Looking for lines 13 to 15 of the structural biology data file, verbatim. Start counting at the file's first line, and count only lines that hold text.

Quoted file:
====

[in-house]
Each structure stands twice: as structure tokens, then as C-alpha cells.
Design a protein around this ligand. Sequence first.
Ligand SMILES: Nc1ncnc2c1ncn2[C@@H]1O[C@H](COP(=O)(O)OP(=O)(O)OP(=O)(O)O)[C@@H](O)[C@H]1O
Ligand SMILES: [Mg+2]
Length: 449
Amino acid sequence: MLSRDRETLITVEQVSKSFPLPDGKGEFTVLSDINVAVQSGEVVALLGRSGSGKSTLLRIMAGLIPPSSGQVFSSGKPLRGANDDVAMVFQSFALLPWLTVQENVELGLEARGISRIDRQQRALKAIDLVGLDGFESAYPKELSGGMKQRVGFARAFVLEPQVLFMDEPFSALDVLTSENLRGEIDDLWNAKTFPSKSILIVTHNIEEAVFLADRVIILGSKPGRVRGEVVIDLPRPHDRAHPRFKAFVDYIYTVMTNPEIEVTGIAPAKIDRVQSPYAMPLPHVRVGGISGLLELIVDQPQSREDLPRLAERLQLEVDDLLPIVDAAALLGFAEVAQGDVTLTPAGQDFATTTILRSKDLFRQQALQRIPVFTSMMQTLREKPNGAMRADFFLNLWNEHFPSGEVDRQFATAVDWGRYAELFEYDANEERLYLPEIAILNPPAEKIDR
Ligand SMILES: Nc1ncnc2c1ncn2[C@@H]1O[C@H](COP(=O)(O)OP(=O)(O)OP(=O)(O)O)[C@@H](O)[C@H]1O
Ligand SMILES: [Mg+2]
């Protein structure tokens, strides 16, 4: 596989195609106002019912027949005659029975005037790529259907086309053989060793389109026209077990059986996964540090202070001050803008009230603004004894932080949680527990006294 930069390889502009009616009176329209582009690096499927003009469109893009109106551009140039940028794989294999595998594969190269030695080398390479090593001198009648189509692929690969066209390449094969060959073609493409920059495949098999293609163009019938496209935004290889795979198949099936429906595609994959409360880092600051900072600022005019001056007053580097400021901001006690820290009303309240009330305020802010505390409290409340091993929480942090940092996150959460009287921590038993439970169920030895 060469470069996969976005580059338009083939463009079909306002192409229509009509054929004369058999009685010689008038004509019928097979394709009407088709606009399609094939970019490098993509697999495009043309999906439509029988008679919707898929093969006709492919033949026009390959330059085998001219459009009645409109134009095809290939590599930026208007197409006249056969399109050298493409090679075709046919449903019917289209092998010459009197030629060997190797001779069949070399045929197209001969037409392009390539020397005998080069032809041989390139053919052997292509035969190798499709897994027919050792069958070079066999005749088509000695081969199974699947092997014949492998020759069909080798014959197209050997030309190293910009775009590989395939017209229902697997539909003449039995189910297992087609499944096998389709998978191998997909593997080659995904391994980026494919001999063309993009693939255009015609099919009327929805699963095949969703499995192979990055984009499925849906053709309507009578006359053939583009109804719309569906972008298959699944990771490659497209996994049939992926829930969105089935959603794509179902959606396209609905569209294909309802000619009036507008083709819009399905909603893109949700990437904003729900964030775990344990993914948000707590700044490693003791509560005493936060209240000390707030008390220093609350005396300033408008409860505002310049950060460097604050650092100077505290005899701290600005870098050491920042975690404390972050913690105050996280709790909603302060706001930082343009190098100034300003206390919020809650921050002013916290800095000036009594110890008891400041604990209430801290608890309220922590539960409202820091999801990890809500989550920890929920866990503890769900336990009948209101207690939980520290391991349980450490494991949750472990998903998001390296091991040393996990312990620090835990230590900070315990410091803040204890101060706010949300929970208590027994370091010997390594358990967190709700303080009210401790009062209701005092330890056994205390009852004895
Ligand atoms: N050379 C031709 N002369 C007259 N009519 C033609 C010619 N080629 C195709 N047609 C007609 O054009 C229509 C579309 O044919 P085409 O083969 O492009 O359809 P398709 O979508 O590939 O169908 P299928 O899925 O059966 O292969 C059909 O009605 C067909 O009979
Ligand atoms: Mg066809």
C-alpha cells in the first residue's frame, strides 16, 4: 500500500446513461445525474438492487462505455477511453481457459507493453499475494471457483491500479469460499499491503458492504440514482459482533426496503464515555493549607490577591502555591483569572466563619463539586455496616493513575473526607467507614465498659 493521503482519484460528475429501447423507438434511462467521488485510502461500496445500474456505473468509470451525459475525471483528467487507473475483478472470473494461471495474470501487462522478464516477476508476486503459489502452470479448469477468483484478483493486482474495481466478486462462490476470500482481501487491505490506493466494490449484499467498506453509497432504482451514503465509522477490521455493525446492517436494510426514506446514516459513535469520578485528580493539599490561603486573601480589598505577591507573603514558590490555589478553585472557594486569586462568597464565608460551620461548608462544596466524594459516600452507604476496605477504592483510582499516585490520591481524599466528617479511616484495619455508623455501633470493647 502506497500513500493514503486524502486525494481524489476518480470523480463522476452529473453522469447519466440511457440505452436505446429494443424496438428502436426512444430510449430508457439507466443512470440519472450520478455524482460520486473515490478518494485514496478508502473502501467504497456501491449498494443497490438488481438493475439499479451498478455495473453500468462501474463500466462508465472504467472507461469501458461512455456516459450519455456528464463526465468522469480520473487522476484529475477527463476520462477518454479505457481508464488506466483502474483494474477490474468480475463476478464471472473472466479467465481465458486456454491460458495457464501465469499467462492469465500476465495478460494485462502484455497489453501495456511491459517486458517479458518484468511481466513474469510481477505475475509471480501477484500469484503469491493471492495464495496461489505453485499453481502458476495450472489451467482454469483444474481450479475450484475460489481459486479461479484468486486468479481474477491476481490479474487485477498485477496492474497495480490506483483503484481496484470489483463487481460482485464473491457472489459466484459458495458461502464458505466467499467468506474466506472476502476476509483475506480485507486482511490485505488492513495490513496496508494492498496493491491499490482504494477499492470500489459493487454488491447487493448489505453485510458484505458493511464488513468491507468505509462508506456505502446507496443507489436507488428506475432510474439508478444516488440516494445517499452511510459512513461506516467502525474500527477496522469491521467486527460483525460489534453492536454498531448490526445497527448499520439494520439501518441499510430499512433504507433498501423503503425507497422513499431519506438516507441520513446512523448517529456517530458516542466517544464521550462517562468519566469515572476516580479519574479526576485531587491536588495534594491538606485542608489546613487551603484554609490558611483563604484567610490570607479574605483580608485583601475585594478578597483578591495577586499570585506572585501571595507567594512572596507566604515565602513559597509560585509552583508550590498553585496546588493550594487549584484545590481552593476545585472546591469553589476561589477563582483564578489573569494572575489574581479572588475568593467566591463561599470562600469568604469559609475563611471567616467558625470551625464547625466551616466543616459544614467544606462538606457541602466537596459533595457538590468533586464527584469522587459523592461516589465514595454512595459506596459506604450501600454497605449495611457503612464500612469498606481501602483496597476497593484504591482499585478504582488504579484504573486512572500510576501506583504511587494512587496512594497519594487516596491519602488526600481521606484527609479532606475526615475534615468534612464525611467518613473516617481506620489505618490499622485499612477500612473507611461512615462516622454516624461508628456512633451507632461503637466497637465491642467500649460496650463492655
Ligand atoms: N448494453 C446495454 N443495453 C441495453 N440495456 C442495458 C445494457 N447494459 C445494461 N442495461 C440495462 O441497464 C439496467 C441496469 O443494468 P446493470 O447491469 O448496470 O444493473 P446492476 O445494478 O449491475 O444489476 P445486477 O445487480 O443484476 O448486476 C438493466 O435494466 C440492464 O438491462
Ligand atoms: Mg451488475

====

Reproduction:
C-alpha cells in the first residue's frame, strides 16, 4: 500500500446513461445525474438492487462505455477511453481457459507493453499475494471457483491500479469460499499491503458492504440514482459482533426496503464515555493549607490577591502555591483569572466563619463539586455496616493513575473526607467507614465498659 493521503482519484460528475429501447423507438434511462467521488485510502461500496445500474456505473468509470451525459475525471483528467487507473475483478472470473494461471495474470501487462522478464516477476508476486503459489502452470479448469477468483484478483493486482474495481466478486462462490476470500482481501487491505490506493466494490449484499467498506453509497432504482451514503465509522477490521455493525446492517436494510426514506446514516459513535469520578485528580493539599490561603486573601480589598505577591507573603514558590490555589478553585472557594486569586462568597464565608460551620461548608462544596466524594459516600452507604476496605477504592483510582499516585490520591481524599466528617479511616484495619455508623455501633470493647 502506497500513500493514503486524502486525494481524489476518480470523480463522476452529473453522469447519466440511457440505452436505446429494443424496438428502436426512444430510449430508457439507466443512470440519472450520478455524482460520486473515490478518494485514496478508502473502501467504497456501491449498494443497490438488481438493475439499479451498478455495473453500468462501474463500466462508465472504467472507461469501458461512455456516459450519455456528464463526465468522469480520473487522476484529475477527463476520462477518454479505457481508464488506466483502474483494474477490474468480475463476478464471472473472466479467465481465458486456454491460458495457464501465469499467462492469465500476465495478460494485462502484455497489453501495456511491459517486458517479458518484468511481466513474469510481477505475475509471480501477484500469484503469491493471492495464495496461489505453485499453481502458476495450472489451467482454469483444474481450479475450484475460489481459486479461479484468486486468479481474477491476481490479474487485477498485477496492474497495480490506483483503484481496484470489483463487481460482485464473491457472489459466484459458495458461502464458505466467499467468506474466506472476502476476509483475506480485507486482511490485505488492513495490513496496508494492498496493491491499490482504494477499492470500489459493487454488491447487493448489505453485510458484505458493511464488513468491507468505509462508506456505502446507496443507489436507488428506475432510474439508478444516488440516494445517499452511510459512513461506516467502525474500527477496522469491521467486527460483525460489534453492536454498531448490526445497527448499520439494520439501518441499510430499512433504507433498501423503503425507497422513499431519506438516507441520513446512523448517529456517530458516542466517544464521550462517562468519566469515572476516580479519574479526576485531587491536588495534594491538606485542608489546613487551603484554609490558611483563604484567610490570607479574605483580608485583601475585594478578597483578591495577586499570585506572585501571595507567594512572596507566604515565602513559597509560585509552583508550590498553585496546588493550594487549584484545590481552593476545585472546591469553589476561589477563582483564578489573569494572575489574581479572588475568593467566591463561599470562600469568604469559609475563611471567616467558625470551625464547625466551616466543616459544614467544606462538606457541602466537596459533595457538590468533586464527584469522587459523592461516589465514595454512595459506596459506604450501600454497605449495611457503612464500612469498606481501602483496597476497593484504591482499585478504582488504579484504573486512572500510576501506583504511587494512587496512594497519594487516596491519602488526600481521606484527609479532606475526615475534615468534612464525611467518613473516617481506620489505618490499622485499612477500612473507611461512615462516622454516624461508628456512633451507632461503637466497637465491642467500649460496650463492655
Ligand atoms: N448494453 C446495454 N443495453 C441495453 N440495456 C442495458 C445494457 N447494459 C445494461 N442495461 C440495462 O441497464 C439496467 C441496469 O443494468 P446493470 O447491469 O448496470 O444493473 P446492476 O445494478 O449491475 O444489476 P445486477 O445487480 O443484476 O448486476 C438493466 O435494466 C440492464 O438491462
Ligand atoms: Mg451488475